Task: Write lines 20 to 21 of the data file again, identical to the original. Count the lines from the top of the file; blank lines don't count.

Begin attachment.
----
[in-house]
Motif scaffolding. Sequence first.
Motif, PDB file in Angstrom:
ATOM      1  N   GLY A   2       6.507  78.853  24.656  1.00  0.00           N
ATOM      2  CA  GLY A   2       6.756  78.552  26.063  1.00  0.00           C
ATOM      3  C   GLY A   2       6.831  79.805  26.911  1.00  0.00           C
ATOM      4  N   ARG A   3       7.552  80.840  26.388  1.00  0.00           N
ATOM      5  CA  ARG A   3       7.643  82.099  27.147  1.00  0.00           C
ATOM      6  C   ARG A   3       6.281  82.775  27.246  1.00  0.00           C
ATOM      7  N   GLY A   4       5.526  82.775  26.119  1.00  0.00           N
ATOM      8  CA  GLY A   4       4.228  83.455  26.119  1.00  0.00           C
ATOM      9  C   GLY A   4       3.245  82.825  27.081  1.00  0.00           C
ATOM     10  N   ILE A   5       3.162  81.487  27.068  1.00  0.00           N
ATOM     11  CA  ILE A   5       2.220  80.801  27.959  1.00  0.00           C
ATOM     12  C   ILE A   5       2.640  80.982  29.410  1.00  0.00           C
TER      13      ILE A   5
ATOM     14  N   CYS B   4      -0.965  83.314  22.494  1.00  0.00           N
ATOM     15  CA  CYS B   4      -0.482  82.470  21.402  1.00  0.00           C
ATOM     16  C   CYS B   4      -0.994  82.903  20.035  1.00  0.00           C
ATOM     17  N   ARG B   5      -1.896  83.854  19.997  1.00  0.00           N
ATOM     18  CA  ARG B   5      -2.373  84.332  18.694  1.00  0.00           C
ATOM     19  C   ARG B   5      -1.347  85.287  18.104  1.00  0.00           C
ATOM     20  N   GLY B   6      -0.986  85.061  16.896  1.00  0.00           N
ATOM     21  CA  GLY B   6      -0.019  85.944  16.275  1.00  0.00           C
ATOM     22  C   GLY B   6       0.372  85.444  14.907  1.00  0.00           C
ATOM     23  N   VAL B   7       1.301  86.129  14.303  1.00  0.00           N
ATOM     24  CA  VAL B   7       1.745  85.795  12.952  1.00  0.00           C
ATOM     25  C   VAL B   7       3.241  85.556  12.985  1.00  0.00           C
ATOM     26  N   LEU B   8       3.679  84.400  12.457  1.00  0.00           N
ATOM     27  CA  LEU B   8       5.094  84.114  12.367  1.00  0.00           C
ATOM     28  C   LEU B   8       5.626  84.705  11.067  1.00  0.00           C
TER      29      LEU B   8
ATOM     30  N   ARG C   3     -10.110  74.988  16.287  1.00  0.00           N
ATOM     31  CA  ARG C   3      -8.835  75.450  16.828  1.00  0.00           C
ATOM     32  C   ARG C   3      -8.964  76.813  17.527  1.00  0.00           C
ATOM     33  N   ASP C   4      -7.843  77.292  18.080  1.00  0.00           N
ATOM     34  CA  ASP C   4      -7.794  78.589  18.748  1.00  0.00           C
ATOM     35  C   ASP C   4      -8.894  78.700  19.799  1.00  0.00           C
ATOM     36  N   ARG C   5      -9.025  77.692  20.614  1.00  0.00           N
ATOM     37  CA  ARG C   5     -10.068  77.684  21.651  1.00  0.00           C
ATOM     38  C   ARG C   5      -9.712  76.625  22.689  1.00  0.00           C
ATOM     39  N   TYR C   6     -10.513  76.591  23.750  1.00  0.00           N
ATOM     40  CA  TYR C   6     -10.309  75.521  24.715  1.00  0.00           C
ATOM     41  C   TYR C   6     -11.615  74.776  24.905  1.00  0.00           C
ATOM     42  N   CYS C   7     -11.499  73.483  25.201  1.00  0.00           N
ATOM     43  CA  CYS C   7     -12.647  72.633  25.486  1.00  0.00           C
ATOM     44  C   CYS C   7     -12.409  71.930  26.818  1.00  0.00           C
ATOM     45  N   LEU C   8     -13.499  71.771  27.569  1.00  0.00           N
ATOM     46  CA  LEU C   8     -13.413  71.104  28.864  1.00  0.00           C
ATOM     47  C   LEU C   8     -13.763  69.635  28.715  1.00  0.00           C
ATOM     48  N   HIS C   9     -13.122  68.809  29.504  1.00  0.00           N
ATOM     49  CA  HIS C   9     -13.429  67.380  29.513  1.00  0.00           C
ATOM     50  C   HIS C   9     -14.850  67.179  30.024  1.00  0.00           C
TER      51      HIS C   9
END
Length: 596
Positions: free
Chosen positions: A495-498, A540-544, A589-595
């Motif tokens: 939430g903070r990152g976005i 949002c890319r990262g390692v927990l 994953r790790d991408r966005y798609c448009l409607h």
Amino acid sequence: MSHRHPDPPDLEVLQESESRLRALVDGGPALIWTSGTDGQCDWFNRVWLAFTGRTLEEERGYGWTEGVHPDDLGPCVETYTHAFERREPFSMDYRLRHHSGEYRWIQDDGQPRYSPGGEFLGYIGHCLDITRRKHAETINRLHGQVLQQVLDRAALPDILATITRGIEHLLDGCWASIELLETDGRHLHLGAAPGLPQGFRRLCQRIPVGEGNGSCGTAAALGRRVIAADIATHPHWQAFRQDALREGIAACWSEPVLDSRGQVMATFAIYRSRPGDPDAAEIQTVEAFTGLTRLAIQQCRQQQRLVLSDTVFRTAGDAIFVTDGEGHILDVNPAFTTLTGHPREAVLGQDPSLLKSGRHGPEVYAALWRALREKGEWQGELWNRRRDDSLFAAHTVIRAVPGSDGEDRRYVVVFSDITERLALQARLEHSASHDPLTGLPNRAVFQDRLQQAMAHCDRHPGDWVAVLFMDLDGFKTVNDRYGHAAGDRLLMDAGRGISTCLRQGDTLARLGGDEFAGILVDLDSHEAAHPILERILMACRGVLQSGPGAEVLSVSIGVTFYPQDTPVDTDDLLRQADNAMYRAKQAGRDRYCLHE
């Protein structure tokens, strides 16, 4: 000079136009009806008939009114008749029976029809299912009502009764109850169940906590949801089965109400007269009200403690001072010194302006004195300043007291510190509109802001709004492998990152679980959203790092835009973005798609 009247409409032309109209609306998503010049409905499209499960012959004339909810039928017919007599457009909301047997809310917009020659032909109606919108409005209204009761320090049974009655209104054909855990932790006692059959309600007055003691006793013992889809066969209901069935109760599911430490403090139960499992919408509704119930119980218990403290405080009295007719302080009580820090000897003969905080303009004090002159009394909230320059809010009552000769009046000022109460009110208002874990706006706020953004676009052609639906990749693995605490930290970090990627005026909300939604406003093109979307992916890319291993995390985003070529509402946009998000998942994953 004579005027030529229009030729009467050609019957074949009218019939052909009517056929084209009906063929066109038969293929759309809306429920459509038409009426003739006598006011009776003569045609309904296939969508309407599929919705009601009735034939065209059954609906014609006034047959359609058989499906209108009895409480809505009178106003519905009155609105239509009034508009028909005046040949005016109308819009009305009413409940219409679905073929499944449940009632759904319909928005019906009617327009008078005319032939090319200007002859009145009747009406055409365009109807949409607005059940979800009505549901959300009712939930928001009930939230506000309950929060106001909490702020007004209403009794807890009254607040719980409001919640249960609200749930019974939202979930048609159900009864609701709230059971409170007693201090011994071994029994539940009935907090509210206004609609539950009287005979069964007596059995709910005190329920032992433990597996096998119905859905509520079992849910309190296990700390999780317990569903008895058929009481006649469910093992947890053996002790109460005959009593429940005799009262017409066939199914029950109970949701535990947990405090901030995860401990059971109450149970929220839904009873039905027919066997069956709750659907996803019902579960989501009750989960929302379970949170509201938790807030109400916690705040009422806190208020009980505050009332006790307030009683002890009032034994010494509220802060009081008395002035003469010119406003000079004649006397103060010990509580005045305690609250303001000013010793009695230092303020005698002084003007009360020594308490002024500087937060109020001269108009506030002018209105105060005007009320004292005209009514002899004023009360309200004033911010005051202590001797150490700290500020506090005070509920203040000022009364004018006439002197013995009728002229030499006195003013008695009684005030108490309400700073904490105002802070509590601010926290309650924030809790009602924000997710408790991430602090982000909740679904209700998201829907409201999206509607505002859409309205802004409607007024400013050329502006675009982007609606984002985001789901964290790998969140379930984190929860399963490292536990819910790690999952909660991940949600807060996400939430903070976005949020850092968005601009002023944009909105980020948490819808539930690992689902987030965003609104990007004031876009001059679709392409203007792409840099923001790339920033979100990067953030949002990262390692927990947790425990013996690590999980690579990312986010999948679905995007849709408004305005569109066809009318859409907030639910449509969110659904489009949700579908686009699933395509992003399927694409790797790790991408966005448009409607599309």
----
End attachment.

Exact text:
ATOM     17  N   ARG B   5      -1.896  83.854  19.997  1.00  0.00           N
ATOM     18  CA  ARG B   5      -2.373  84.332  18.694  1.00  0.00           C